It was safe to say that at the end of the 2017 season, Jacoby Ellsbury had become the major league’s all-time highest paid 4th outfielder. The emergence of Aaron Hicks, who finally began to fulfill the promise that made him a first-round draft choice of the Twins, the MVP caliber season of Aaron Judge and the continued steady play of Brett Gardner had relegated Ellsbury to the bench. During the magical playoff run, Ellsbury became little more than an afterthought.
Still, Ellsbury did make some important contributions with his legs down the stretch, so you could sort of understand his refusal to waive his no-trade clause. Better to be on a potential World Series winner, even in a bench role, than starting for a team going nowhere.
Then, the Yankees did the most Yankee thing of all: they traded for the
NL MVP. Just like that, Ellsbury went from the 4th outfielder to a player without any clear role. A very well paid player without any role, who still insists on not waiving his no-trade clause. And…I do mean no role. I suppose he would be useful as a pinch runner in the late innings. But really, how often are the Yankees going to find themselves with Greg Bird or Gary Sanchez standing on second in a tie game in the 8th or 9th inning?
Let’s face it, as fans we all feared Ellsbury’s decline at the end of that massive contract he signed prior to the 2014 season. We just had no idea how quickly that decline would come, or how dramatic it would be. Over the past three seasons, he has struggled to an 89 OPS+, while injuries have held him out of 114 games. Even what was once his best asset, an ability to swipe bases seemingly at will has slipped. He’s totaled only 63 steals and watched his steal percentage drop from 85% to 74%. Defensively, he’s lost some range but can still be a serviceable center fielder. He would probably be better suited to left, because of his throwing issues. We don’t know because he’s refused to even try playing there.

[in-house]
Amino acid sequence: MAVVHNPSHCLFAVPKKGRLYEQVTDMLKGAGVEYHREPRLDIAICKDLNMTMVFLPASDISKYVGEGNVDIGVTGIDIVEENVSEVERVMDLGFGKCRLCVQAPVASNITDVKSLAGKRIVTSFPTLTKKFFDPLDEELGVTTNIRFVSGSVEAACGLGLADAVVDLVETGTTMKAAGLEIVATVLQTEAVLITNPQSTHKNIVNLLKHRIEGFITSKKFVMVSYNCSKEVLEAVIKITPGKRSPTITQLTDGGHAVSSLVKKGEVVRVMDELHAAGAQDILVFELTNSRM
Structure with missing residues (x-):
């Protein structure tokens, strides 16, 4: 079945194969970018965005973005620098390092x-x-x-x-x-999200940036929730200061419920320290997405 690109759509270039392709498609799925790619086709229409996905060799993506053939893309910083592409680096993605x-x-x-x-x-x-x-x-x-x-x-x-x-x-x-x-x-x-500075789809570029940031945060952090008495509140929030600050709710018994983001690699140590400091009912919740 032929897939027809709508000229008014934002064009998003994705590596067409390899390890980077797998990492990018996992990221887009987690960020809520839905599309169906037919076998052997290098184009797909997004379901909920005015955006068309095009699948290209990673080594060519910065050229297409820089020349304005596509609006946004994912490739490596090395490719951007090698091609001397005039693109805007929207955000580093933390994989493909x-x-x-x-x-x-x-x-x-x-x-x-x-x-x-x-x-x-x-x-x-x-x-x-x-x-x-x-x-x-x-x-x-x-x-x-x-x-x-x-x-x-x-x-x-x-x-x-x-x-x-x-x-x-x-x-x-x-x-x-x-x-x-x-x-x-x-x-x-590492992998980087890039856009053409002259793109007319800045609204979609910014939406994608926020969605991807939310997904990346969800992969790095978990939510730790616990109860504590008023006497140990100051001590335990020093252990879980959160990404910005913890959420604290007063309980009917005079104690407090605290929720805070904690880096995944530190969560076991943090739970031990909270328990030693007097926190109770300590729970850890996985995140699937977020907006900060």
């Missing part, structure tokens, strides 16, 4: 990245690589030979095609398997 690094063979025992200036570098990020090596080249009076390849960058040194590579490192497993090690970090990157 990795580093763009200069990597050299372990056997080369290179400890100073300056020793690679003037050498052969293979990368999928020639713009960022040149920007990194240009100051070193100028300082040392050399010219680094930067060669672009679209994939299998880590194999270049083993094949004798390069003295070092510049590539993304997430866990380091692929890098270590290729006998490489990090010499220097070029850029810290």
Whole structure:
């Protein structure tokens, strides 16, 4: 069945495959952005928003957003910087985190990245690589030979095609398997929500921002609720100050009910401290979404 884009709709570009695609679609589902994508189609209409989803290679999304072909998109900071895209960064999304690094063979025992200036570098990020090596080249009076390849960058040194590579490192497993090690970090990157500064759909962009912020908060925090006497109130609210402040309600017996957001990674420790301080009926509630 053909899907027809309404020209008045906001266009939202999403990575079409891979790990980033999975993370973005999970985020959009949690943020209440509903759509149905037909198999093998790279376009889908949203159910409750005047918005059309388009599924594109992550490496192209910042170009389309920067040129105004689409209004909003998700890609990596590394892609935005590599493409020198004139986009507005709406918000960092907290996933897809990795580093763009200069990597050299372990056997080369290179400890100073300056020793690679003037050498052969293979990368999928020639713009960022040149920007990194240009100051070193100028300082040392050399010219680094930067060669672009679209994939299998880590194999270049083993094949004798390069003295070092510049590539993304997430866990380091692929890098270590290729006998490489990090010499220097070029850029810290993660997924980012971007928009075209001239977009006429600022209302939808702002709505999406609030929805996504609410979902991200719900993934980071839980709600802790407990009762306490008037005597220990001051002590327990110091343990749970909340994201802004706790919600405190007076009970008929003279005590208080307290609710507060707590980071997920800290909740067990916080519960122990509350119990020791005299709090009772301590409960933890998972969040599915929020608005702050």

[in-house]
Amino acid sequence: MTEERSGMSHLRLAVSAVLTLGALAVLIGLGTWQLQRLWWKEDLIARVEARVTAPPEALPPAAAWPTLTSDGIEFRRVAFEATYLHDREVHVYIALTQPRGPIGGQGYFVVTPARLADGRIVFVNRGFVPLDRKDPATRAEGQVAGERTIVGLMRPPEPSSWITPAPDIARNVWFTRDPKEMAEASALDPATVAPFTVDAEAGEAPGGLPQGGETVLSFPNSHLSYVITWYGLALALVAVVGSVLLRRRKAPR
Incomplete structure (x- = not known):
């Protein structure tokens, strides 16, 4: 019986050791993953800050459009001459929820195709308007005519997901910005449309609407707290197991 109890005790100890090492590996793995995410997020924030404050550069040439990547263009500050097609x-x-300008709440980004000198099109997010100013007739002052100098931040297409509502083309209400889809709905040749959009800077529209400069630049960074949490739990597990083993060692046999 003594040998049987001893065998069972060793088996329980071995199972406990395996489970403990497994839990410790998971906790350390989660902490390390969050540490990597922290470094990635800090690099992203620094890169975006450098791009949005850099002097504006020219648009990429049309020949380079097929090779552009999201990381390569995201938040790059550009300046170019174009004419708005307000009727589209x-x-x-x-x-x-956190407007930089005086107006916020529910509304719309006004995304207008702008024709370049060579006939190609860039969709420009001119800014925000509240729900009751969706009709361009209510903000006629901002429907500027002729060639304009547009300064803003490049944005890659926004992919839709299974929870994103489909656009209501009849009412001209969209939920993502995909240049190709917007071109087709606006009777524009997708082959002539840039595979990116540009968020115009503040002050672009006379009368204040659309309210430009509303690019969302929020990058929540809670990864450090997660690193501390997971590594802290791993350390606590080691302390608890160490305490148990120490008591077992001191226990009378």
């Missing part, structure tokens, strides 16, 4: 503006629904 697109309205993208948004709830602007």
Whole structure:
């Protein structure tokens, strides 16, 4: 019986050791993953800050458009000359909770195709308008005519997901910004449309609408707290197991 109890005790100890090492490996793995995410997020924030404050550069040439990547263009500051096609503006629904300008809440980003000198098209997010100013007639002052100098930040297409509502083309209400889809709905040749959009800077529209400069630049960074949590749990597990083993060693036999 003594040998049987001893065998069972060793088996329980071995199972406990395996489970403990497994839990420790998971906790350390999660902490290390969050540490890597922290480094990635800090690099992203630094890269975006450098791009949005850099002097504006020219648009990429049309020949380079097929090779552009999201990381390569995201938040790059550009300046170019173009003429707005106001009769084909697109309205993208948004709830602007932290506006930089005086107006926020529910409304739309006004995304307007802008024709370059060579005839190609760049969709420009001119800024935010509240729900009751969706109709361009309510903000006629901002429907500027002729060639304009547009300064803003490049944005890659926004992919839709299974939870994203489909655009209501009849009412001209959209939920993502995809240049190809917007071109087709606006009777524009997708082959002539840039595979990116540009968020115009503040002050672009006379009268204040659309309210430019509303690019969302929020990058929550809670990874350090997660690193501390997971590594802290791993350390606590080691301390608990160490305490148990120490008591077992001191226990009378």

At the same time, his presence on the roster is making it impossible for the Yankees to get an extended look at several of their top outfield prospects, kids like Clint Frazier and Billy McKinney. In other words, Ellsbury has become a luxury item that you might have found a spot for on a National League team in the 1970’s. But not an American League team in the 2010’s.
I think it’s fair to say that Ellsbury has reached Mark Teixeira/Alex Rodriguez territory: an overpriced, aging player that the Yankees will pay to make go away. Already there are reports that Yankees are willing to eat a substantial amount of the money owed him, as much as $40 million of the $68.5 million on his contract. If I were Ellsbury, I would be on the phone with my agent daily, finding me a place to play. Because while Ellsbury can probably force his way onto the 2018 roster by means of his contract, I doubt he’ll be in the Bronx past that. In fact, he would be the best paid unemployed man in America next offseason. And he shouldn’t be under any illusions about this. After all, the Yankees paid A-Rod $42 million to go home – and Ellsbury isn’t half the player he was.
…should be to dump Jacoby Ellsbury and as much of the $68.5 million he’s owed, for whatever they can get. A big of peanuts would be acceptable. And then after that? Nothing.
This might sound like something of a letdown to my fellow Yankee fans. After all, the stated goal is to win the World Series. But that’s the stated goal every year, and by doing nothing else this offseason, the team would be primed for a five or six year run. The type of run reminiscent of the 1996-2001 team.
Let’s review: this past season, the Yankees rode a home-run happy offense, a strong starting rotation and dominant bullpen to within one game of the fall classic. Youngsters Aaron Judge, Gary Sanchez, Greg Bird, Aaron Hicks, Didi Gregorius and Clint Frazier powered the offense. Jordan Montgomery, Sonny Gray, Luis Severino, Masahiro Tanaka and Chad Green anchored the pitching staff. Those 11 players, all under 28 years old, provide a strong core to build around for both the present and the future. Now, this offseason, the Yankees stunned the world by acquiring the NL MVP, Giancarlo Stanton (age 28) and his 59 home runs in exchange for Starlin Castro.
Before that move, the favorites in the American League were the Yankees and the Houston Astros and that remains the case now. Yes, the Red Sox and Indians remain strong contenders, but both of those teams have enough questions that they do not appear ready to challenge the top two teams. Given that dynamic, I can understand the Yankees fan desire to maybe grab a third baseman and another starting pitcher. If one falls into their laps, okay – but here’s why I wouldn’t go crazy looking right now.